Does the FTC take the Children’s Online Privacy Protection Act seriously? Most commentators believe enforcement of the law is low on the “to do” list at the FTC. Right next to cleaning the inside of the copy machine. On September 3, 2015, the FTC issued what can only be categorized as a bizarre press release bolstering this view. In the release, the FTC appears to tout the failure of app companies to comply with COPPA as a positive development.
2013 – A New Age
According to the FTC, the summer of 2013 was to be a watershed moment for COPPA enforcement. After multiple hearings, the Commission issued the first new regulations for COPPA compliance in more than a decade. Speeches and press releases suggested the FTC was finally going to focus on making sure online service providers, with a particular emphasis on apps, were complying with COPPA and the new COPPA Rule. Those of us who work in the COPPA arena warned clients that if the FTC spent only half the time and resources devoted to litigating disputes such as whether POM Wonderful advertising is deceptive, the potential exposure to enforcement actions would increase dramatically.
Unfortunately, the FTC proved once again to be the little boy who cried wolf. Enforcement actions have been nearly non-existent. Sure, Yelp was given a public finger waving, but only because of a technical failure of the age gateway used in the company’s app. A Chinese app maker was also warned about a failure to comply and rumors of investigative letters being issued to other outfits swirled. However, two years after the supposed new emphasis on COPPA, the FTC enforcement action tally for apps stands at one known case with one official warning.
September 3, 2015, Press Release
That’s a 45 percent compliance rate.
The 45 percent figure must be viewed for what it is – appalling – right? The FTC appears to take just the opposite view. The Commission notes the 45 percent figure is an improvement over the 20 percent rate found in a similar study conducted in 2012. As noted in the press release:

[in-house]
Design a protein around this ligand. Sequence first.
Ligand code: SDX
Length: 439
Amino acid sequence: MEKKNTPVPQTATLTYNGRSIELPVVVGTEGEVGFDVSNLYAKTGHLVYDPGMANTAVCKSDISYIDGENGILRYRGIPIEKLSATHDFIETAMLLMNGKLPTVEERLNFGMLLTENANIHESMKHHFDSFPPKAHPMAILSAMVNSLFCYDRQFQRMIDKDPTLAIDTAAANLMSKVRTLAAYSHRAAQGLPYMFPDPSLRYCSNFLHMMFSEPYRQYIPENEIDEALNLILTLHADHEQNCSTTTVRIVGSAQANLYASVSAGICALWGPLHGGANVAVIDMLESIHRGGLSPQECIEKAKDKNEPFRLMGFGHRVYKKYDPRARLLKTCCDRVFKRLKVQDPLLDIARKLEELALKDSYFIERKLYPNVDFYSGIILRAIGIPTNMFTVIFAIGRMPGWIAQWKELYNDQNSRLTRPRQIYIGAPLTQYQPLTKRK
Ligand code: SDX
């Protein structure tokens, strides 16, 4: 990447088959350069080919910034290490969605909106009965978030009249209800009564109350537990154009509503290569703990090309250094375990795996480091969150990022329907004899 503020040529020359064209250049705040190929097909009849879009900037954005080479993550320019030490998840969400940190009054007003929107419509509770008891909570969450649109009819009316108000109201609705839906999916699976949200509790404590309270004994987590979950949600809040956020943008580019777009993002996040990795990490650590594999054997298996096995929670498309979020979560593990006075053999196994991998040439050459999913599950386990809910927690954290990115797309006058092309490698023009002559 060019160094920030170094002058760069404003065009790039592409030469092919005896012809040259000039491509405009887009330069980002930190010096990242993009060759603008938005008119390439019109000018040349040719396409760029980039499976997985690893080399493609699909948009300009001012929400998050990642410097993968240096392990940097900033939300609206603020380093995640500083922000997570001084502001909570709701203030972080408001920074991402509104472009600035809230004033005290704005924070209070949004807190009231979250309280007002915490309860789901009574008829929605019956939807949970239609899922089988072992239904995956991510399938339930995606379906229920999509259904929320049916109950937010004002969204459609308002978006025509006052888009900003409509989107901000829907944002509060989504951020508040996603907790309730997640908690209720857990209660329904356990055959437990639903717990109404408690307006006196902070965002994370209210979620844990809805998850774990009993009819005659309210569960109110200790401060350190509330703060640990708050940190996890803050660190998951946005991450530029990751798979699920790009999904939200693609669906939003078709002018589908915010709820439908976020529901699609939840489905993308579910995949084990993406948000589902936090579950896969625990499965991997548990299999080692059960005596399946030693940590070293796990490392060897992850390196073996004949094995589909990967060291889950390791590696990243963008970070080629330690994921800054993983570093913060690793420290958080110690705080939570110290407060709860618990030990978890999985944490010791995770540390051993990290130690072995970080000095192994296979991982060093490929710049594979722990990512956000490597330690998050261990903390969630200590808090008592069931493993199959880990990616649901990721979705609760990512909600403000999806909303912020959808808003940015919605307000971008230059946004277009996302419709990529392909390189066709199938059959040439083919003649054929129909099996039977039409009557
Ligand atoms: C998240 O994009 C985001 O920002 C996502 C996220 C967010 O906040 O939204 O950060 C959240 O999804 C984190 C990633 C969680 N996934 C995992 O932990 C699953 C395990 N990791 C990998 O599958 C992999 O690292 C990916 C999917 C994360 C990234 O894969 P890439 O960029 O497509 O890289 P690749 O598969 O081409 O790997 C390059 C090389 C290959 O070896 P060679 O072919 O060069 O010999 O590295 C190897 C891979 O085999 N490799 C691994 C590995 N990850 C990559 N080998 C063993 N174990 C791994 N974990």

We don’t know for certain why there has been an increase in easy-to-locate privacy policies since our last survey, but a few factors may have contributed to this welcome development.
Welcome development? App companies are failing…but not as badly as they were three years ago? This is progress? Imagine the press release when apps reach a 50 percent compliance rate!
On August 13, 2015, the FTC issued guidance indicating the Commission feels it has the authority to prosecute claims for “unfair competition.” The first case should clearly be FTC v. FTC. The Commissions lack of interest in COPPA creates unfair competition in the mobile app niche. While responsible app companies allocate significant resources to comply with COPPA while at the same time forgoing numerous revenue channels thanks to COPPA restrictions, competitors spend those same resources to generate revenues knowing full well the likelihood of an FTC enforcement action is tiny.
Well done, FTC. Well done.
Is there any chance of the FTC finally rising from the couch on the issue of COPPA compliance like a fraternity member blindly searching for aspirin and Gatorade the morning after the opening game of the college football season? Probably not if the press release issued by the FTC is anything to work off:
Whatever the reasons for the increase in direct links to kids’ app privacy policies, it’s a step in the right direction. That said, a significant portion of kids’ apps still leave parents in the dark about the data collected about their children – so there’s more work to be done. Furthermore, for improved disclosures to have any value, they must accurately reflect what the app is up to. We’ll dive deeper into that issue in upcoming blog posts.
Oh. More blog posts. Perhaps the next should read:
COPPA Compliance – Just Kidding
You know that COPPA law we’ve been threatening to enforce the last 17 years? Yeah, that’s not really going to happen. Sure, we’ll go after low hanging fruit every once in a while, but that’s about it. Hey, ever tried Vodka-POM Wonderful? Deceptive advertising? Nah, deceptively delicious!“
Richard A. Chapo, Esq.